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NU #024 - The 6 Un-Ignorable Reasons Why Boys Struggle in School.

This one’s for the boys.


If you have a son, you may be like thousands of other parents on the planet - you’re frustrated too as to why our boys struggle so much in school.


There are plenty of factors that contribute to this and the way I see it, most fall into the six categories that I will outline here.


With the current challenges that public education is facing, I don’t see how these obstacles are going to improve anytime soon without some serious game-planning. The rate of change will depend on the evolution of how we currently do business. This is our shared & collective responsibility.




I think this long-standing issue of “boys in trouble” is owed some new attention.Some of the factors that I will present here are not new or complex - and to me, that’s the troubling part. We’re not making any positive gains to move the needle. In fact, the situation in many cases is deteriorating even further.


So here are six big factors that are working against our boys.


The Teacher

A competent adult in the classroom is the “make or break” of any great student experience. Hands down, this is the difference maker. And, some teachers are just a terrible fit. They are not suited to the grade level and heck, they are perhaps not suited to the profession.


Here is what I have observed:

  • They are not engaged with kids on the level they should be. The relationships are not there.

  • Their personal performance standards are very low and as a result, they do the bare minimum. Nothing more. They are not prepared, nor do they care to be.

  • They have no willingness to invest in their own learning to improve. They blame everything on the kids & their parents.

  • They are not present, they are highly distracted and can’t wait for the day to end.

  • They have no idea (or interest) in connecting with a student who might have a complex learning profile. Their mindset is “not to be a social worker or to babysit'', but to teach. Learning about emotional regulation isn’t even on their radar.

  • They are happy to collect a good salary at the expense of little to no progress for their students.

This type of educator is highly dangerous to the boys in our care - especially if the student has had a terrible teacher two years in a row.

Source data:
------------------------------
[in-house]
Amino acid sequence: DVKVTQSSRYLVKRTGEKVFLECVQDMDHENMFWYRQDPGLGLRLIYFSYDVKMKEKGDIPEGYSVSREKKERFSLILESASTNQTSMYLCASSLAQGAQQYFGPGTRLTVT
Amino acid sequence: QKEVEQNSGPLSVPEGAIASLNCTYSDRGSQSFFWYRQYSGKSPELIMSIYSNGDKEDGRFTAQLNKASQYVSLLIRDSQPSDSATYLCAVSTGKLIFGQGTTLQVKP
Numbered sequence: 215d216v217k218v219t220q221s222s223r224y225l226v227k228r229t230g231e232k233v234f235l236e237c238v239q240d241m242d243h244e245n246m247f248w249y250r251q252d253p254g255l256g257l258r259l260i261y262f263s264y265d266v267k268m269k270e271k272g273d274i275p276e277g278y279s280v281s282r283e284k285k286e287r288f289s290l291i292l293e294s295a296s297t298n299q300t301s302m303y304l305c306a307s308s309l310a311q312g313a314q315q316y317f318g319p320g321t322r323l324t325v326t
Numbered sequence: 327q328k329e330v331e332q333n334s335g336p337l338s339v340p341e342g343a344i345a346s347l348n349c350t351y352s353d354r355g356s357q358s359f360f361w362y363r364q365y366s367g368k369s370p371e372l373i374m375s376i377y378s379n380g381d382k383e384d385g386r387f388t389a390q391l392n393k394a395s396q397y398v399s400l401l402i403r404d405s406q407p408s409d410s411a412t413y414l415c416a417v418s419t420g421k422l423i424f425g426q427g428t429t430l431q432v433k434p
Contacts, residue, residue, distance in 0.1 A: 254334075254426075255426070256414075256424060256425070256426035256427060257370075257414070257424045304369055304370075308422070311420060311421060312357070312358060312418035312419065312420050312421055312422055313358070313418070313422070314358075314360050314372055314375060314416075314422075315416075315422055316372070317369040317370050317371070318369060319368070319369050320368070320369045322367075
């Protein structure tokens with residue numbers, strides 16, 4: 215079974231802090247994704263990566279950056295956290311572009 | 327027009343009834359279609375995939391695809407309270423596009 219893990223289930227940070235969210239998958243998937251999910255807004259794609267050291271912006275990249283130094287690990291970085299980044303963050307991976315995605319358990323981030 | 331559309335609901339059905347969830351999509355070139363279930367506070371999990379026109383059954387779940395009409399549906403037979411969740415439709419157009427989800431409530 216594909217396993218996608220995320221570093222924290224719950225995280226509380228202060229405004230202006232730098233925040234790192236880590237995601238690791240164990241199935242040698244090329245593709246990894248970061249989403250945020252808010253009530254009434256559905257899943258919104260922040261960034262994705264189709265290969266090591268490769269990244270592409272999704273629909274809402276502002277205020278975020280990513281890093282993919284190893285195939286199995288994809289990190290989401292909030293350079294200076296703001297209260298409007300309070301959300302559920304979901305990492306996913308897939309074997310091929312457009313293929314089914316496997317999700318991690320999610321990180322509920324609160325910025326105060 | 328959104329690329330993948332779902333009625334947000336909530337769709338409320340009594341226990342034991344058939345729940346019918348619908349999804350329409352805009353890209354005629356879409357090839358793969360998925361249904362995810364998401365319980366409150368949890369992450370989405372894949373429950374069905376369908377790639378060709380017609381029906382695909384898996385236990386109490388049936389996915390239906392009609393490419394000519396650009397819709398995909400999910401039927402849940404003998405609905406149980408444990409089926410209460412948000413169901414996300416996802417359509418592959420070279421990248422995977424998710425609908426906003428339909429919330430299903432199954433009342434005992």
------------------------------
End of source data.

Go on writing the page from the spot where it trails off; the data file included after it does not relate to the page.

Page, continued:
**Here’s another way to look at this: Have you ever been to a restaurant where the food has been excellent and the service has been terrible? We all have and usually, you can’t wait for the meal to be over. It's the same thing here. Except, the paying customer at the restaurant gets to leave and forget about the terrible waiter they had on that one night. Our boys have to deal with their "terrible service" day after day. They don’t have the luxury of paying the bill at the end of the meal and starting over the next day with someone different. Food for thought…



The Parent

The involvement & engagement from home is a critical factor. This is not new information. For some parents, they feel that their boy's struggles are the “school’s problem, not theirs”. Perhaps the parent’s personal school experience was a terrible one too and therefore, they do not value what this opportunity can bring. Parents are also exhausted and stressed for many other reasons and as a result, their level of involvement is sometimes a by-product of other life circumstances. For this parent, school is much more about providing child care for their boy - rather than providing a meaningful educational experience. In some cases, this parent can also have a reputation that “nothing will ever be good enough” and there will always be someone else to blame. There is no accountability, follow up or regular communication.


The Content, Curriculum & Activities Are Boring

This area is highly connected to the Teacher, but not exclusively. Our policy makers do hold some responsibility here too for our struggling boys. (ie - Curriculum Expectations that are outdated or irrelevant)